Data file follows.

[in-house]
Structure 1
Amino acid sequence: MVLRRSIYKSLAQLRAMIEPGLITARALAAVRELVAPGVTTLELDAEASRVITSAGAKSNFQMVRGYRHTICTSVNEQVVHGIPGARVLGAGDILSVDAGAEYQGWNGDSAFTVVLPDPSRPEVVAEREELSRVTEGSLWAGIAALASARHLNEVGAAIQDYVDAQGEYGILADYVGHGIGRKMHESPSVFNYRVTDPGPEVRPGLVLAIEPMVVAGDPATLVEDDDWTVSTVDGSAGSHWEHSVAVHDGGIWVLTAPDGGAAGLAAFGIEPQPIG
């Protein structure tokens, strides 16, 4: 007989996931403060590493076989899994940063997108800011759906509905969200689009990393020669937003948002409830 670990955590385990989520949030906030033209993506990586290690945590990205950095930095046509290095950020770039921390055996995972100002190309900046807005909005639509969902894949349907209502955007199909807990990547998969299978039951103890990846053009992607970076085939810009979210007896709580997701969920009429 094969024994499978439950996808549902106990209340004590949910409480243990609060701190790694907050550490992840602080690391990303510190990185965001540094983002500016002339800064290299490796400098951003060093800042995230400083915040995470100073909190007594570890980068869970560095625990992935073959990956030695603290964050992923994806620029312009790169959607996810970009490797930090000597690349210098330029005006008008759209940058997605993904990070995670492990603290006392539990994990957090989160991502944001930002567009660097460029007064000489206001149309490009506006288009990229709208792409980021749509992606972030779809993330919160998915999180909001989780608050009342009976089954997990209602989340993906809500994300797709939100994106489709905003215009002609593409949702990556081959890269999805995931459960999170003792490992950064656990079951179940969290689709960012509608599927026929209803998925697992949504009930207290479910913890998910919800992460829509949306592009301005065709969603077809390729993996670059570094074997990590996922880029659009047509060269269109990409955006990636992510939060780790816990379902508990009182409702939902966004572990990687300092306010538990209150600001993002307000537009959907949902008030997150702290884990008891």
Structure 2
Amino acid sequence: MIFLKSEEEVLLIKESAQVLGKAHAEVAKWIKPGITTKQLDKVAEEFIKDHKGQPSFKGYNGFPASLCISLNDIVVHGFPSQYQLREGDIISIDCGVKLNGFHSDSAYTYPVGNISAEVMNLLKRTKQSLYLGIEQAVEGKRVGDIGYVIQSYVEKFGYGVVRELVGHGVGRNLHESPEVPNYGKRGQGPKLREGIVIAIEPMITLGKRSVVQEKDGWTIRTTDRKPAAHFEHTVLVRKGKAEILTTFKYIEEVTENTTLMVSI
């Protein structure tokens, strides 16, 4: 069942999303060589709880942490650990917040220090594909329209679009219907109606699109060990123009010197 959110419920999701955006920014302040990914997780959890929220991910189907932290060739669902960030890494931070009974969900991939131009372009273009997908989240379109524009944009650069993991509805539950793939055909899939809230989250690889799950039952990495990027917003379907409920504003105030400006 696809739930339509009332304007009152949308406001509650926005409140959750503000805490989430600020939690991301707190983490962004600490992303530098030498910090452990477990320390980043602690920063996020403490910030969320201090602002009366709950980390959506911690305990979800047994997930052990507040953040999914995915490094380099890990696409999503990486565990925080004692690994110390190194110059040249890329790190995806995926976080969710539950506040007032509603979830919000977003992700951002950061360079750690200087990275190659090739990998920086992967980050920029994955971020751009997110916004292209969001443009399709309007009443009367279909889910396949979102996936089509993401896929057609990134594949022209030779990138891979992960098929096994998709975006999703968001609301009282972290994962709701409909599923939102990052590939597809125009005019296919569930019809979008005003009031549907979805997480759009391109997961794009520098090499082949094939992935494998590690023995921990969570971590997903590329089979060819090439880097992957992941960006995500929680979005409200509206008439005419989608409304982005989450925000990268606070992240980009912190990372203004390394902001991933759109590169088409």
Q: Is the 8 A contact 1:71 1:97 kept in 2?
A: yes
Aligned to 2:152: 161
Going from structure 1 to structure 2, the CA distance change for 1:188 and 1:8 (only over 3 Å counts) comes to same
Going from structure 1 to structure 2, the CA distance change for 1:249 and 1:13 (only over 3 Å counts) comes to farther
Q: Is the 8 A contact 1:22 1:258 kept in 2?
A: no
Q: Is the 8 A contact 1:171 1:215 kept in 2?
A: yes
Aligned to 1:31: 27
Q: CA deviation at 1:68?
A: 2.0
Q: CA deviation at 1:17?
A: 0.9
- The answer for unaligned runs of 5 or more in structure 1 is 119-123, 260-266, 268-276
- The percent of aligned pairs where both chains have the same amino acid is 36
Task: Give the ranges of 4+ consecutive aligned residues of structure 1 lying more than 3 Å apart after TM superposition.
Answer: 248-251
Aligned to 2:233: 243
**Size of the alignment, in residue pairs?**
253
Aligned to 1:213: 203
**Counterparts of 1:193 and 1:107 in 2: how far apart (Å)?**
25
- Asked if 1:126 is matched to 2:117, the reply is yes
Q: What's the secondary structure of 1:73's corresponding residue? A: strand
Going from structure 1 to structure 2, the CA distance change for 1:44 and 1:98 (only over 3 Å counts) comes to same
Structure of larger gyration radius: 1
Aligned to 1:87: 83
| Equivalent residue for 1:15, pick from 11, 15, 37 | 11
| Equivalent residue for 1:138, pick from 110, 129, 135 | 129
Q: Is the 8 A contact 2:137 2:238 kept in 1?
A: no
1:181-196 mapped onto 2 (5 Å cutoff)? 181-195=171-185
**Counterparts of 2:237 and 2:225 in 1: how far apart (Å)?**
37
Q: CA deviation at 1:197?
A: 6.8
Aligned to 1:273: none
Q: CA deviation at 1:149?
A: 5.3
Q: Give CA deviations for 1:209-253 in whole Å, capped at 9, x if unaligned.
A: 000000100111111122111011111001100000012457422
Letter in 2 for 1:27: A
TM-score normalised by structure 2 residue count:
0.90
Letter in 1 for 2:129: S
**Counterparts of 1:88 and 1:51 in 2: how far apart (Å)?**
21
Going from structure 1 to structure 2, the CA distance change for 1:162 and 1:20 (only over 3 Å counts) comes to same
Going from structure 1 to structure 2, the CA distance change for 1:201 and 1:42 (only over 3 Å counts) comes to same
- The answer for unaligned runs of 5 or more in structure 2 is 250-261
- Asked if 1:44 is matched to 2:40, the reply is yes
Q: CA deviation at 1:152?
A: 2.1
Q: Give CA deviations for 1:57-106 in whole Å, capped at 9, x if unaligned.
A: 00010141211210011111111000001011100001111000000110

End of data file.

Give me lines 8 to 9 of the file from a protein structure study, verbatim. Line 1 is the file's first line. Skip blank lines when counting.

Q: Is the 8 A contact 1:71 1:97 kept in 2?
A: yes